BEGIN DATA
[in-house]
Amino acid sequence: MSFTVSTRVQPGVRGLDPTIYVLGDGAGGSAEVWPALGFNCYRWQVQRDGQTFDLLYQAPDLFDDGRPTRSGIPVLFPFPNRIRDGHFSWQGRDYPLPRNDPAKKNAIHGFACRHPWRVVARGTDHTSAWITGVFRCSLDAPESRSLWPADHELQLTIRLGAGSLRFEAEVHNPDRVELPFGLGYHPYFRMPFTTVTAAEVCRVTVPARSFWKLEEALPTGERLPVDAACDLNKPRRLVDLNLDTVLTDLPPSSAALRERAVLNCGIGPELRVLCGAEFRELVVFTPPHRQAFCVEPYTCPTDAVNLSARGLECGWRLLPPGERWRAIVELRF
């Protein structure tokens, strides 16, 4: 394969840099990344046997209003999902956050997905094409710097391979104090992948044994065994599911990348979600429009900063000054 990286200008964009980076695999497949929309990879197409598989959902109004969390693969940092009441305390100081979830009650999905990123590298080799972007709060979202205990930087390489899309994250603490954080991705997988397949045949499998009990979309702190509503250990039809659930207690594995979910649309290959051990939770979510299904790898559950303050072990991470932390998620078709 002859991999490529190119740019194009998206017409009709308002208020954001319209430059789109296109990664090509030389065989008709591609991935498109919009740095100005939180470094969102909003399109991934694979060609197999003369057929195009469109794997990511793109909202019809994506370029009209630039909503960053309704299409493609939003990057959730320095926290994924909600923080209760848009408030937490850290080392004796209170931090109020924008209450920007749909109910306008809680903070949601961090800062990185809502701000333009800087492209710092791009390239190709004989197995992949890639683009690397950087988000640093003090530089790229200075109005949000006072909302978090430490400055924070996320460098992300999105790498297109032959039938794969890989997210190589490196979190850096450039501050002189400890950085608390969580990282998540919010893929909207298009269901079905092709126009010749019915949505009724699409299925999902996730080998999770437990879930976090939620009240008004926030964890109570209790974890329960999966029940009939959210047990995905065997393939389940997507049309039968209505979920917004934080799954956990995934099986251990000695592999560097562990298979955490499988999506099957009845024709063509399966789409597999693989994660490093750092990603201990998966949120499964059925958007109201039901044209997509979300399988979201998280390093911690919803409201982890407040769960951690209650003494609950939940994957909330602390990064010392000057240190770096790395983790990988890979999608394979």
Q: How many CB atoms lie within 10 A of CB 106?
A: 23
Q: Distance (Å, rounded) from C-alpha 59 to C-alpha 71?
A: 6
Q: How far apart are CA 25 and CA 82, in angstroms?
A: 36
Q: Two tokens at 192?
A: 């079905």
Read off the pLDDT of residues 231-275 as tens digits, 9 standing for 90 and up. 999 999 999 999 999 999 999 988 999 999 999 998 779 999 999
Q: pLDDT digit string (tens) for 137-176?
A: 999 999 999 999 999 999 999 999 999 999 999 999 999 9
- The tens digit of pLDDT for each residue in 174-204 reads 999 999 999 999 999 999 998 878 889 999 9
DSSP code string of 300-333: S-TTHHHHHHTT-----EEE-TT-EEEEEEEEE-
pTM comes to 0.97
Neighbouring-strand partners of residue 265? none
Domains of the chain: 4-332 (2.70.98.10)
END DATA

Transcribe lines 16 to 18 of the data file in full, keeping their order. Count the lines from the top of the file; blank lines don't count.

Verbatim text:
DSSP code string of 300-333: S-TTHHHHHHTT-----EEE-TT-EEEEEEEEE-
pTM comes to 0.97
Neighbouring-strand partners of residue 265? none